(term) Cardioid

The most common unidirectional microphone is a cardioid microphone, so named because the sensitivity pattern is heart-shaped. A hyper-cardioid microphone is similar but with a tighter area of front sensitivity and a smaller lobe of rear sensitivity. A super-cardioid microphone is similar to a hyper-cardioid, except there is more front pickup and less rear pickup. These three patterns are commonly used as vocal or speech microphones, since they are good at rejecting sounds from other directions.

A cardioid microphone is effectively a superposition of an omnidirectional and a figure-8 microphone; for sound waves coming from the back, the negative signal from the figure-8 cancels the positive signal from the omnidirectional element, whereas for sound waves coming from the front, the two add to each other. A hypercardioid microphone is similar, but with a slightly larger figure-8 contribution. Since pressure gradient transducer microphones are directional, putting them very close to the sound source (at distances of a few centimeters) results in a bass boost. This is known as the proximity effect.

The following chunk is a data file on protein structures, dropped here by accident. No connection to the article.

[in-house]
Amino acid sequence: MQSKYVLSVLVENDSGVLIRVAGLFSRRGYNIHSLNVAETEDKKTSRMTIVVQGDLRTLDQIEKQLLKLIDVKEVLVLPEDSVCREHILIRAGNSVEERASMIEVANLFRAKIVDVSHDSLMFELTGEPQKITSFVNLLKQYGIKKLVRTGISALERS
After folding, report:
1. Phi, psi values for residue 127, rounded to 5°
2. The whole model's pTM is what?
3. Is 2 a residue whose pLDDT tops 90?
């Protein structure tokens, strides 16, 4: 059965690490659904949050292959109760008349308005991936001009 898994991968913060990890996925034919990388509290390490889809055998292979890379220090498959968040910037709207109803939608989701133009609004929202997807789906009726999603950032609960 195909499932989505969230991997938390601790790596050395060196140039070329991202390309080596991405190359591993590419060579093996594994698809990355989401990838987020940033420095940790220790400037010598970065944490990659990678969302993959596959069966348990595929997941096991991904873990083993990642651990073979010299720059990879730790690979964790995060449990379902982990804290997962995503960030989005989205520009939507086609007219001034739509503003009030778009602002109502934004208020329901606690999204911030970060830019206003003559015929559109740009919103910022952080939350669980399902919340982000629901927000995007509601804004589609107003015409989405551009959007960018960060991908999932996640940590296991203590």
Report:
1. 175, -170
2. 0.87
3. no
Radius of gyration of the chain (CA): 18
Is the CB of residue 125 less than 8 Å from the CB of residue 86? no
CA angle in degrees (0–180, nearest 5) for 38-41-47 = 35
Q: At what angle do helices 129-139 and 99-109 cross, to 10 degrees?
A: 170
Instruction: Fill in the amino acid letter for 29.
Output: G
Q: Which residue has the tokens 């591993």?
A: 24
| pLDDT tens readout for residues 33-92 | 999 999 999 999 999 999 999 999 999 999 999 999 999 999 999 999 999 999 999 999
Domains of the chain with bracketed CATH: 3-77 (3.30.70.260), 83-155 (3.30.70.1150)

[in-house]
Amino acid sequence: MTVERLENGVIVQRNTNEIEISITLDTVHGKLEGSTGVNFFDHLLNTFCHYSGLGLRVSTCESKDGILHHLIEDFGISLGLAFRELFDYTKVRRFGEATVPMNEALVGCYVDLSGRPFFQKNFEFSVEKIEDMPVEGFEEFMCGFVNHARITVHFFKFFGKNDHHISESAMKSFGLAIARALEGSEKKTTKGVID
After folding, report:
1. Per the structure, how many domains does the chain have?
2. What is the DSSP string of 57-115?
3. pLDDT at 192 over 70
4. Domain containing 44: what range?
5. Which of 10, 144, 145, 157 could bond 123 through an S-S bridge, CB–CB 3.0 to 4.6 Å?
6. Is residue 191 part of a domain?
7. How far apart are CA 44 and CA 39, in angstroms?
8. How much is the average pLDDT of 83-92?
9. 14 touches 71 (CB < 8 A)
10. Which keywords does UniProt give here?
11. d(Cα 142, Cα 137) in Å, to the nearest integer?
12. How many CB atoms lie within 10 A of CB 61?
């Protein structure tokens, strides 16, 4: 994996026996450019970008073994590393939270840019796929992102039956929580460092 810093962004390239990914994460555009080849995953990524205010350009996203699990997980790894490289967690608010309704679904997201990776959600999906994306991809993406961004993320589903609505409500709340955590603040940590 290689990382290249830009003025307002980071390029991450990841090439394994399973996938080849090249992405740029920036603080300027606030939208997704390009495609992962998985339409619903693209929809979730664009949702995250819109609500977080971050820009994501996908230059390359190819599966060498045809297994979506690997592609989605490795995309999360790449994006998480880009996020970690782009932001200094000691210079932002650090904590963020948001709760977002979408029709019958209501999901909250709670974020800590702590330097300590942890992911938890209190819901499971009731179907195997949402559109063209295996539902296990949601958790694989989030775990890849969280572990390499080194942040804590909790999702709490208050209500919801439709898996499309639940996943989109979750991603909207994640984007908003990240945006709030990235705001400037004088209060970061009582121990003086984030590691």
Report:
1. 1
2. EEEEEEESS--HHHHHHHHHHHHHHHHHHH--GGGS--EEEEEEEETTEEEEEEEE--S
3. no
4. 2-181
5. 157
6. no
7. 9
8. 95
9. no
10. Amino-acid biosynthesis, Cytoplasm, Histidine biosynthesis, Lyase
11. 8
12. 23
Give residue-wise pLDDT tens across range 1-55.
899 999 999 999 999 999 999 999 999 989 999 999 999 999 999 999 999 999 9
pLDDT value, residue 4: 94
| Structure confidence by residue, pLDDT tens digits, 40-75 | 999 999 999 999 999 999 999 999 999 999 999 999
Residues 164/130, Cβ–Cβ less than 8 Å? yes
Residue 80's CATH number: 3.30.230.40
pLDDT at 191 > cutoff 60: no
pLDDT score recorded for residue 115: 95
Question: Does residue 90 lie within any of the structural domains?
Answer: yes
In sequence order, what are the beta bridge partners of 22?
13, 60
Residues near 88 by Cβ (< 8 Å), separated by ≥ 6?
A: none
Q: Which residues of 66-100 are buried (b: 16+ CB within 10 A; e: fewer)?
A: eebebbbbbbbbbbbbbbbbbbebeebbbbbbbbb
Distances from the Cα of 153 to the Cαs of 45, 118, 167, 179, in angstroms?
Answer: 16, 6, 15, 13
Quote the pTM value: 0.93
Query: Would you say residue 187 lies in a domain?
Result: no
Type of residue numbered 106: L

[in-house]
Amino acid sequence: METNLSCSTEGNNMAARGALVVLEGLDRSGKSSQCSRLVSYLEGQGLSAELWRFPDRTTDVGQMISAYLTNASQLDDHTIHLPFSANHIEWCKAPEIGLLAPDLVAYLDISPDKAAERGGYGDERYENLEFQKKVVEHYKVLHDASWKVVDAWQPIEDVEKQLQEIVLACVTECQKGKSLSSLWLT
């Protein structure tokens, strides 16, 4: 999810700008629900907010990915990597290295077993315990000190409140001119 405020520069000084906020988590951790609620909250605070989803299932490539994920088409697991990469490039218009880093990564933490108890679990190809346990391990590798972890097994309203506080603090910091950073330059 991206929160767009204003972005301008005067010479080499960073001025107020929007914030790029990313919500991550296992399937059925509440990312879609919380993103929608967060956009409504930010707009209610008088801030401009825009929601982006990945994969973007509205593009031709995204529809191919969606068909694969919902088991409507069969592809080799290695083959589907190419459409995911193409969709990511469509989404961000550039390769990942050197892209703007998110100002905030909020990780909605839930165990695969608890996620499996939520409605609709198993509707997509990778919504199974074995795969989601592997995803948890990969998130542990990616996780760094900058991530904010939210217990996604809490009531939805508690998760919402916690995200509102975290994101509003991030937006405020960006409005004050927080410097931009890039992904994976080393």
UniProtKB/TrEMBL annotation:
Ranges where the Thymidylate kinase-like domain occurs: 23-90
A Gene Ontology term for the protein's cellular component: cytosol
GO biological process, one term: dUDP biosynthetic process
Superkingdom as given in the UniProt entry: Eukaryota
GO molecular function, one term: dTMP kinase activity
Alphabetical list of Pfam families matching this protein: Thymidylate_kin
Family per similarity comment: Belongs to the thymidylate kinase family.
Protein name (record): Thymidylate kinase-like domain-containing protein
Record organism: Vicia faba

Mar 20, 2000
Nanaimo BC, Canada
A microphones pickup characteristic, notably strong sensitivity to material presented to the front of the microphone, while sensitivity falls off from sources arriving at an angle of 90° or greater away from the front, and good rejection from the rear. The name derives from a representation of the polar pattern, which loosely resembles a heart shape. Prone to exhibit pronounced proximity effect, where bass frequencies are accentuated the closer the source to the microphone.
(See Hypercardioid)